In those situations, expertise matters. Commitment to research, knowledge of new therapies, unrelenting dedication to quality and improvement all play a role in the best possible cancer care. City of Hope has those factors. But the best measure of cancer care is cancer outcomes – and City of Hope has those, too.

» Continue Reading


‘U.S.News’ again ranks City of Hope among best hospitals for cancer

July 15, 2014 | by

In cancer, expertise matters. So do survival rates, patient safety, patient services and many other factors. City of Hope understands this, as does U.S.News & World Report.

The magazine’s 2014-2015 list of best hospitals for cancer once again includes City of Hope, ranking the institution 12 out of 900 eligible for consideration. The annual rankings recognize the nation’s premier hospitals, and inclusion on the list is widely considered an indicator of quality care.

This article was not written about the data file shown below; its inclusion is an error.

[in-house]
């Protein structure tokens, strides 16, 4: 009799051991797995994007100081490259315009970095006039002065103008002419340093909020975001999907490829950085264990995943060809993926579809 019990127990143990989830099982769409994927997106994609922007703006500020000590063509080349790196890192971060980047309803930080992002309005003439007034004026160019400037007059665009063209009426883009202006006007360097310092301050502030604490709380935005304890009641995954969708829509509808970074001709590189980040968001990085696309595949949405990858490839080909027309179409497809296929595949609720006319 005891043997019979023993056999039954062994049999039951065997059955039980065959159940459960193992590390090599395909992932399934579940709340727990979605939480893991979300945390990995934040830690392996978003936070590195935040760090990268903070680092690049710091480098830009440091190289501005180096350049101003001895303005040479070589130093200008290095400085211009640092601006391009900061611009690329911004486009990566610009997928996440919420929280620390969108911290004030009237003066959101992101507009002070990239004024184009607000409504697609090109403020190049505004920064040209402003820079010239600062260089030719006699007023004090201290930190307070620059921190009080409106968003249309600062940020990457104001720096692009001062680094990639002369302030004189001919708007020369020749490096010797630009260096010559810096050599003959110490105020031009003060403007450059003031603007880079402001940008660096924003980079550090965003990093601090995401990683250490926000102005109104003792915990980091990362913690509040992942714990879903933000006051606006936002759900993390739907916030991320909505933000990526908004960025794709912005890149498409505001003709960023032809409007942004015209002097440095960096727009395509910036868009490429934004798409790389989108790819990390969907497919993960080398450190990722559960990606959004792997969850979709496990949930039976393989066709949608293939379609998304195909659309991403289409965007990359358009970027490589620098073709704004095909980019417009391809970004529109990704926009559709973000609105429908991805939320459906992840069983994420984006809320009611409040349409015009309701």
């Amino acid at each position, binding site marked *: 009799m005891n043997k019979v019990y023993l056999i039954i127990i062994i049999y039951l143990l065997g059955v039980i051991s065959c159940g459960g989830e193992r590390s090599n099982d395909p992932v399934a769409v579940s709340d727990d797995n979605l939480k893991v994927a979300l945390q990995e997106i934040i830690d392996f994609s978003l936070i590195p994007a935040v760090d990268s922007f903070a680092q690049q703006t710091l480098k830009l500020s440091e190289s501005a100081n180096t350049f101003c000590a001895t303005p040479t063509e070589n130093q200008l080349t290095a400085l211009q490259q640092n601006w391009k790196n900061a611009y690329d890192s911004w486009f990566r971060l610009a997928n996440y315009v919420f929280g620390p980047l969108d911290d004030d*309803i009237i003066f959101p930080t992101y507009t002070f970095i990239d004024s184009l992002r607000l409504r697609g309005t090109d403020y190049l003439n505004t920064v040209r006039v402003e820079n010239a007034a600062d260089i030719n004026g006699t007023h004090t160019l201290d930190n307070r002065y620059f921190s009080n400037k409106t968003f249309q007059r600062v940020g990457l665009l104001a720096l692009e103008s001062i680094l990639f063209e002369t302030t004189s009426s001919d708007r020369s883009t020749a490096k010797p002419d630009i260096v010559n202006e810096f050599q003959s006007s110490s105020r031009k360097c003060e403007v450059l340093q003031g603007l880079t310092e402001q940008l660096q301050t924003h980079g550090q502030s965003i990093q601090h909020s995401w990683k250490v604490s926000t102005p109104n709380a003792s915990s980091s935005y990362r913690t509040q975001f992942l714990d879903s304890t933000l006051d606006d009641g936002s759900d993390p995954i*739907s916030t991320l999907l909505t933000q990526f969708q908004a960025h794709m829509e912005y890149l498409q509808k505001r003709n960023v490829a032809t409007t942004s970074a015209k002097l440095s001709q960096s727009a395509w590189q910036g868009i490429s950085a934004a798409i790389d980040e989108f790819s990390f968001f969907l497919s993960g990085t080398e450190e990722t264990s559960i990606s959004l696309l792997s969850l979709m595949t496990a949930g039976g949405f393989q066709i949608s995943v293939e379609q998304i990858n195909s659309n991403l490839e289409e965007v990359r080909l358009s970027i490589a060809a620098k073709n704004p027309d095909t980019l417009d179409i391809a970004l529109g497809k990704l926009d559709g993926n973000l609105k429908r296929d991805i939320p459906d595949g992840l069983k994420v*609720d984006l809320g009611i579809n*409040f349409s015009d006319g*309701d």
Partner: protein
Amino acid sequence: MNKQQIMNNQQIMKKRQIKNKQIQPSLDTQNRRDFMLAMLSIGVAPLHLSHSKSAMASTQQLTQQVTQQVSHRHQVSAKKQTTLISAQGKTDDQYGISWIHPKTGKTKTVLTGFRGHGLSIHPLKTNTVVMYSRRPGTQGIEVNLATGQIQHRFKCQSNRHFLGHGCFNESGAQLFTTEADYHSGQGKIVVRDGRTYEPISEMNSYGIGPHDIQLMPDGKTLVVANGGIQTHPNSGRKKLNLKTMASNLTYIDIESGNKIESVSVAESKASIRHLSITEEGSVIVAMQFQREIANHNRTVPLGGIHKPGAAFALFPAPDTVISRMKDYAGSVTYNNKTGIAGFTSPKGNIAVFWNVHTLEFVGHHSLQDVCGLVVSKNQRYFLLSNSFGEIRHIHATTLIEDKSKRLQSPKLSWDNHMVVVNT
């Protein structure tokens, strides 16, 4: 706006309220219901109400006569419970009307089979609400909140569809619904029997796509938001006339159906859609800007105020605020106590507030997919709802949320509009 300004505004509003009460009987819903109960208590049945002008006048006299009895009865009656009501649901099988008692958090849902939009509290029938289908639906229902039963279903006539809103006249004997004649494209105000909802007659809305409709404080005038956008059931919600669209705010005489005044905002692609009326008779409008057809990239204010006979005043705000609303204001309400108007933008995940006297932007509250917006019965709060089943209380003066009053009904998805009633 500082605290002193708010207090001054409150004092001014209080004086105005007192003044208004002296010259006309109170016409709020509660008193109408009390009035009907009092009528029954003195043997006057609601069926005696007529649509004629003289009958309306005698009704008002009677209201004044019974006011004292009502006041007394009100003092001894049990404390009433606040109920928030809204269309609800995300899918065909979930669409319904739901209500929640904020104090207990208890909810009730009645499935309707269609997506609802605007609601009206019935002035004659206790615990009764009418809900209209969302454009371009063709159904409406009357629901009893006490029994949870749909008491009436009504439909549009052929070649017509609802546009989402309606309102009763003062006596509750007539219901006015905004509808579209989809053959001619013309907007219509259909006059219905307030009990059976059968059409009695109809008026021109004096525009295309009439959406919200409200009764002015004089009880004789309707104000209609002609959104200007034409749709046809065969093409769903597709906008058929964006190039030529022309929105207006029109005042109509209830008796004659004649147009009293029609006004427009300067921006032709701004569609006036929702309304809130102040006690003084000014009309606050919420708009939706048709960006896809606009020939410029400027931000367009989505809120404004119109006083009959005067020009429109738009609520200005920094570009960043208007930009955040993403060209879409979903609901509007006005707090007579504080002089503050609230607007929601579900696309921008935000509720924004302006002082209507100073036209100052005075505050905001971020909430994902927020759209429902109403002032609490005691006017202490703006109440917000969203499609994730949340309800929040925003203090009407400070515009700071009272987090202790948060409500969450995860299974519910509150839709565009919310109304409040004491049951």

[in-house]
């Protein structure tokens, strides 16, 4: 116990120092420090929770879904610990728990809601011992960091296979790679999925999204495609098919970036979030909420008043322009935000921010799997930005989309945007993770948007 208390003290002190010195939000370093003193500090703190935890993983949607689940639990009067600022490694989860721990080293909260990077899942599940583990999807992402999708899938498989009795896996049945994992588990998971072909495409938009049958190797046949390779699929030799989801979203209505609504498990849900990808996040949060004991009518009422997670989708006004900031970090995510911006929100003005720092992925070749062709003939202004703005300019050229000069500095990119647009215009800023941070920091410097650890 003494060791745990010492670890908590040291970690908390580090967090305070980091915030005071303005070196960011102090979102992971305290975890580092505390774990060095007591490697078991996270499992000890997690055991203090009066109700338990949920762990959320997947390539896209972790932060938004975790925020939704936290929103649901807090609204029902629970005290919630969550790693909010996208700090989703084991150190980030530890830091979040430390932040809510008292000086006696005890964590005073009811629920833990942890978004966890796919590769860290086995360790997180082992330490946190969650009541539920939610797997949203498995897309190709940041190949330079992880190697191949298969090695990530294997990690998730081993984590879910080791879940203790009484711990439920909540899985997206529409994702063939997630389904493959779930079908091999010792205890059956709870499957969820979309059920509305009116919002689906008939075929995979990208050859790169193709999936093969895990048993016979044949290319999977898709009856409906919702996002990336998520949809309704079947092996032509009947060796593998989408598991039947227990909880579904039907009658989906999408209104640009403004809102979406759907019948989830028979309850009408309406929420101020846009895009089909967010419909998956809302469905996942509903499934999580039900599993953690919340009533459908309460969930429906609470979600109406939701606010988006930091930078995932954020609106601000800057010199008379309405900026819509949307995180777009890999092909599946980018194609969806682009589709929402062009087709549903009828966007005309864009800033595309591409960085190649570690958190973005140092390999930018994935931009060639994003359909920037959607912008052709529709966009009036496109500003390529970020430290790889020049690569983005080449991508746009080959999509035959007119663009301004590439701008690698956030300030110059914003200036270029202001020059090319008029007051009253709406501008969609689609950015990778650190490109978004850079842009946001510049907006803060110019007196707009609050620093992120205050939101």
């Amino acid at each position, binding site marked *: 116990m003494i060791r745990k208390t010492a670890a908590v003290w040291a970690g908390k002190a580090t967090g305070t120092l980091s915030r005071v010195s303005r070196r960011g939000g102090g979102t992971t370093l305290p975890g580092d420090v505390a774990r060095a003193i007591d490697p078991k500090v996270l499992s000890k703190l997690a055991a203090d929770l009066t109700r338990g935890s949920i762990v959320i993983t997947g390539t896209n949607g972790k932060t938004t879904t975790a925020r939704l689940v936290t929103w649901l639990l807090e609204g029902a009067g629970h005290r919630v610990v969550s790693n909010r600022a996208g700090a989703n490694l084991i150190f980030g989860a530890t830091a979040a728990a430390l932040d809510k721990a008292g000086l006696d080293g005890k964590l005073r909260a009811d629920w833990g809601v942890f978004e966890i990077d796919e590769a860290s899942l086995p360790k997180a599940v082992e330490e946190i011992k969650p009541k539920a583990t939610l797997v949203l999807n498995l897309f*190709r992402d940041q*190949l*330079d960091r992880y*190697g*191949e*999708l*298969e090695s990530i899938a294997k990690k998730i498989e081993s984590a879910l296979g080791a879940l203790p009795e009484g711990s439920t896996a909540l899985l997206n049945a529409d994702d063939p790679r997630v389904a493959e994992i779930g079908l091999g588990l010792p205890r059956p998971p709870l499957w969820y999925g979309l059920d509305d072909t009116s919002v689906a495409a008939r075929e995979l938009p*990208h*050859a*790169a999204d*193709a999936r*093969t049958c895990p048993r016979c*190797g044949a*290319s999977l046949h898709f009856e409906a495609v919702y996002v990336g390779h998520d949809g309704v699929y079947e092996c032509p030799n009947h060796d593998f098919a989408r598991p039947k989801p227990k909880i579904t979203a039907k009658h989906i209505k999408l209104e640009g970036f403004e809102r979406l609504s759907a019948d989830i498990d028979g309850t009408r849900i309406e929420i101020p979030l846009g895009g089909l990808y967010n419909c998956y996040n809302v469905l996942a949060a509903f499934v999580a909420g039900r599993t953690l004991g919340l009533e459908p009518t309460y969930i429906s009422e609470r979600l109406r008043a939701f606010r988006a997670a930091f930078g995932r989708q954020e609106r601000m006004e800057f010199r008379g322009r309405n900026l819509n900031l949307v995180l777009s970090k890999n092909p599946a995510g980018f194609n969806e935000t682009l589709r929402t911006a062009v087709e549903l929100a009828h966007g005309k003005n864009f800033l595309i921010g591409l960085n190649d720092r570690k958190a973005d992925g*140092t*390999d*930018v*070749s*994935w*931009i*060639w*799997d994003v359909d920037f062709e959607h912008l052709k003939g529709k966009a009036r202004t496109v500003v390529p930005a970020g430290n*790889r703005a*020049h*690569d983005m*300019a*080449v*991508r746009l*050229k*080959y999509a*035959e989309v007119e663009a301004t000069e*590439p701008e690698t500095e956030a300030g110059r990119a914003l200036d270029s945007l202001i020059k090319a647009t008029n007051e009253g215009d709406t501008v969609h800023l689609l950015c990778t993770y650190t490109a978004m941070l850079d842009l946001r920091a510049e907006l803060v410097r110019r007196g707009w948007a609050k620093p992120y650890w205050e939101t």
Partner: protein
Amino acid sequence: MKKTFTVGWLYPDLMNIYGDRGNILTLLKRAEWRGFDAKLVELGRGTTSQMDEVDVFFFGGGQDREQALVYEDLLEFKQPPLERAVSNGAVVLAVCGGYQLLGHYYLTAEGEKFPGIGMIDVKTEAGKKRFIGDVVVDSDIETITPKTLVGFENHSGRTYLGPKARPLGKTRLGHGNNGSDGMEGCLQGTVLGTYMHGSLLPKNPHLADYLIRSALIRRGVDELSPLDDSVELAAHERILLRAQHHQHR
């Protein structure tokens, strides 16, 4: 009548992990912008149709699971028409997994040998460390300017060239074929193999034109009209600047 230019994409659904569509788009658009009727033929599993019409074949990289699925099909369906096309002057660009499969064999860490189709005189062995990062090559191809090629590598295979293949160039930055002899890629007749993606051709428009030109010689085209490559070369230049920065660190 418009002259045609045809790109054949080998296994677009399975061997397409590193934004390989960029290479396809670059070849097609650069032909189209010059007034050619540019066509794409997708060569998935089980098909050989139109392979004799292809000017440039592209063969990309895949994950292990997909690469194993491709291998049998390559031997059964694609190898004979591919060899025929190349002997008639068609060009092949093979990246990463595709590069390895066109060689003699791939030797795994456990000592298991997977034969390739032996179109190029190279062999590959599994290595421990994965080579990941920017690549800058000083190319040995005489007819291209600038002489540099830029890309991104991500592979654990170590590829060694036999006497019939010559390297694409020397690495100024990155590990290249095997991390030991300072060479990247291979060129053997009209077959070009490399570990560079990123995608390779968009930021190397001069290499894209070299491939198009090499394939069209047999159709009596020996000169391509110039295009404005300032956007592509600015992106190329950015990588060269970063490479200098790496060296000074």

City of Hope’s ranking is three positions higher than last year’s ranking and marks the 11th year that City of Hope has made the “Best Hospitals” list for cancer treatment. The ranking – above the ranking of many other nationally known and considerably larger institutions – highlights the institution’s increasing reputation for high quality care and outcomes. » Continue Reading


Her breast cancer diagnosis was grim; a second opinion saved her life

July 15, 2014 | by

At 29, Kommah McDowell was a successful young professional engaged to be married to her best friend. She worked in the financial services sector and kick-boxed to keep in shape and to relax. Then came the diagnosis of triple-negative inflammatory breast cancer, a rare and very aggressive form of breast cancer. She was told she had a 5 percent chance of living two years. Here’s her story …

breast cancer

Kommah McDowell, a breast cancer survivor, serves as a mentor for black women who recently completed breast cancer treatment and are transitioning into the follow-up stage of their care.